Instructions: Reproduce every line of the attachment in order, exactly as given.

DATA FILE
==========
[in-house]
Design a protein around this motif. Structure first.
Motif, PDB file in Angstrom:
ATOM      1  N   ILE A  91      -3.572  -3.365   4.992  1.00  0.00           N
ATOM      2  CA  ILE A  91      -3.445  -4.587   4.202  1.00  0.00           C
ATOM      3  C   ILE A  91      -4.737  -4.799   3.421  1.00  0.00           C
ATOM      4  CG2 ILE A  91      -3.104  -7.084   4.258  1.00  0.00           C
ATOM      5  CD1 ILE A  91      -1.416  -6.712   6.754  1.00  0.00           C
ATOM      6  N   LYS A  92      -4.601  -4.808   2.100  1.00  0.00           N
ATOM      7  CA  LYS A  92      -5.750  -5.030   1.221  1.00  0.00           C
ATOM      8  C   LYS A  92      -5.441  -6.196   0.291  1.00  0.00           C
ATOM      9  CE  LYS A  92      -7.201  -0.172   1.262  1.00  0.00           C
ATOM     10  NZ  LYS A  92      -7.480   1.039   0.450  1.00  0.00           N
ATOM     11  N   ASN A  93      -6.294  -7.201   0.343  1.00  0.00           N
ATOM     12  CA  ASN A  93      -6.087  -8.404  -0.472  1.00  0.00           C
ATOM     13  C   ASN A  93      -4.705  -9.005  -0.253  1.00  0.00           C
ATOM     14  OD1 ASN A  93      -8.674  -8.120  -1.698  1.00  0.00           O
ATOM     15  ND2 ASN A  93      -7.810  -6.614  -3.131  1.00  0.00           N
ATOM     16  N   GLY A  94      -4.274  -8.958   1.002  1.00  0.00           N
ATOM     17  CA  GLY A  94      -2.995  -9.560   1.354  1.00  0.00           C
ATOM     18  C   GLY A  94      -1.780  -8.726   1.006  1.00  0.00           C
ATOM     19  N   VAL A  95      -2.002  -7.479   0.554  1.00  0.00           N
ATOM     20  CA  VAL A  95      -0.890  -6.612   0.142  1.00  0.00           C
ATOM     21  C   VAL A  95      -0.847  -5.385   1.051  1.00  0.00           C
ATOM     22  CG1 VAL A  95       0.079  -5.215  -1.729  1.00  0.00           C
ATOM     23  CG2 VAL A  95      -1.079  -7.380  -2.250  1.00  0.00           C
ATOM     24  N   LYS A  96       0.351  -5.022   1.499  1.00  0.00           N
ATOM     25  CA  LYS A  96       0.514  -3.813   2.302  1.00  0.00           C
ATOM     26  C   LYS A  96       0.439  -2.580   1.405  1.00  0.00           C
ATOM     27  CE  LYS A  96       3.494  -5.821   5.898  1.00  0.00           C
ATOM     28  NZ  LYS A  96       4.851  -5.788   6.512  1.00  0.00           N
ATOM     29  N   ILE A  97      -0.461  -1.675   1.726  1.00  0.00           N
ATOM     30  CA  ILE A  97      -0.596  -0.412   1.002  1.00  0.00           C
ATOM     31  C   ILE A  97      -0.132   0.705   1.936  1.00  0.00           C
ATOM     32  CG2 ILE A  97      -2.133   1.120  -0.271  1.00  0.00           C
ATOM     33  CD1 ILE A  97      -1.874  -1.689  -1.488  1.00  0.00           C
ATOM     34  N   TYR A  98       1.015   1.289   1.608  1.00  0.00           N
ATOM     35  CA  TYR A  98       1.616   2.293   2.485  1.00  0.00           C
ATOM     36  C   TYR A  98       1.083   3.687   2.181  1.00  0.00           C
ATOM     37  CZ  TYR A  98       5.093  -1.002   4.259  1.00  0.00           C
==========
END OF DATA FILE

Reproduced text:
[in-house]
Design a protein around this motif. Structure first.
Motif, PDB file in Angstrom:
ATOM      1  N   ILE A  91      -3.572  -3.365   4.992  1.00  0.00           N
ATOM      2  CA  ILE A  91      -3.445  -4.587   4.202  1.00  0.00           C
ATOM      3  C   ILE A  91      -4.737  -4.799   3.421  1.00  0.00           C
ATOM      4  CG2 ILE A  91      -3.104  -7.084   4.258  1.00  0.00           C
ATOM      5  CD1 ILE A  91      -1.416  -6.712   6.754  1.00  0.00           C
ATOM      6  N   LYS A  92      -4.601  -4.808   2.100  1.00  0.00           N
ATOM      7  CA  LYS A  92      -5.750  -5.030   1.221  1.00  0.00           C
ATOM      8  C   LYS A  92      -5.441  -6.196   0.291  1.00  0.00           C
ATOM      9  CE  LYS A  92      -7.201  -0.172   1.262  1.00  0.00           C
ATOM     10  NZ  LYS A  92      -7.480   1.039   0.450  1.00  0.00           N
ATOM     11  N   ASN A  93      -6.294  -7.201   0.343  1.00  0.00           N
ATOM     12  CA  ASN A  93      -6.087  -8.404  -0.472  1.00  0.00           C
ATOM     13  C   ASN A  93      -4.705  -9.005  -0.253  1.00  0.00           C
ATOM     14  OD1 ASN A  93      -8.674  -8.120  -1.698  1.00  0.00           O
ATOM     15  ND2 ASN A  93      -7.810  -6.614  -3.131  1.00  0.00           N
ATOM     16  N   GLY A  94      -4.274  -8.958   1.002  1.00  0.00           N
ATOM     17  CA  GLY A  94      -2.995  -9.560   1.354  1.00  0.00           C
ATOM     18  C   GLY A  94      -1.780  -8.726   1.006  1.00  0.00           C
ATOM     19  N   VAL A  95      -2.002  -7.479   0.554  1.00  0.00           N
ATOM     20  CA  VAL A  95      -0.890  -6.612   0.142  1.00  0.00           C
ATOM     21  C   VAL A  95      -0.847  -5.385   1.051  1.00  0.00           C
ATOM     22  CG1 VAL A  95       0.079  -5.215  -1.729  1.00  0.00           C
ATOM     23  CG2 VAL A  95      -1.079  -7.380  -2.250  1.00  0.00           C
ATOM     24  N   LYS A  96       0.351  -5.022   1.499  1.00  0.00           N
ATOM     25  CA  LYS A  96       0.514  -3.813   2.302  1.00  0.00           C
ATOM     26  C   LYS A  96       0.439  -2.580   1.405  1.00  0.00           C
ATOM     27  CE  LYS A  96       3.494  -5.821   5.898  1.00  0.00           C
ATOM     28  NZ  LYS A  96       4.851  -5.788   6.512  1.00  0.00           N
ATOM     29  N   ILE A  97      -0.461  -1.675   1.726  1.00  0.00           N
ATOM     30  CA  ILE A  97      -0.596  -0.412   1.002  1.00  0.00           C
ATOM     31  C   ILE A  97      -0.132   0.705   1.936  1.00  0.00           C
ATOM     32  CG2 ILE A  97      -2.133   1.120  -0.271  1.00  0.00           C
ATOM     33  CD1 ILE A  97      -1.874  -1.689  -1.488  1.00  0.00           C
ATOM     34  N   TYR A  98       1.015   1.289   1.608  1.00  0.00           N
ATOM     35  CA  TYR A  98       1.616   2.293   2.485  1.00  0.00           C
ATOM     36  C   TYR A  98       1.083   3.687   2.181  1.00  0.00           C
ATOM     37  CZ  TYR A  98       5.093  -1.002   4.259  1.00  0.00           C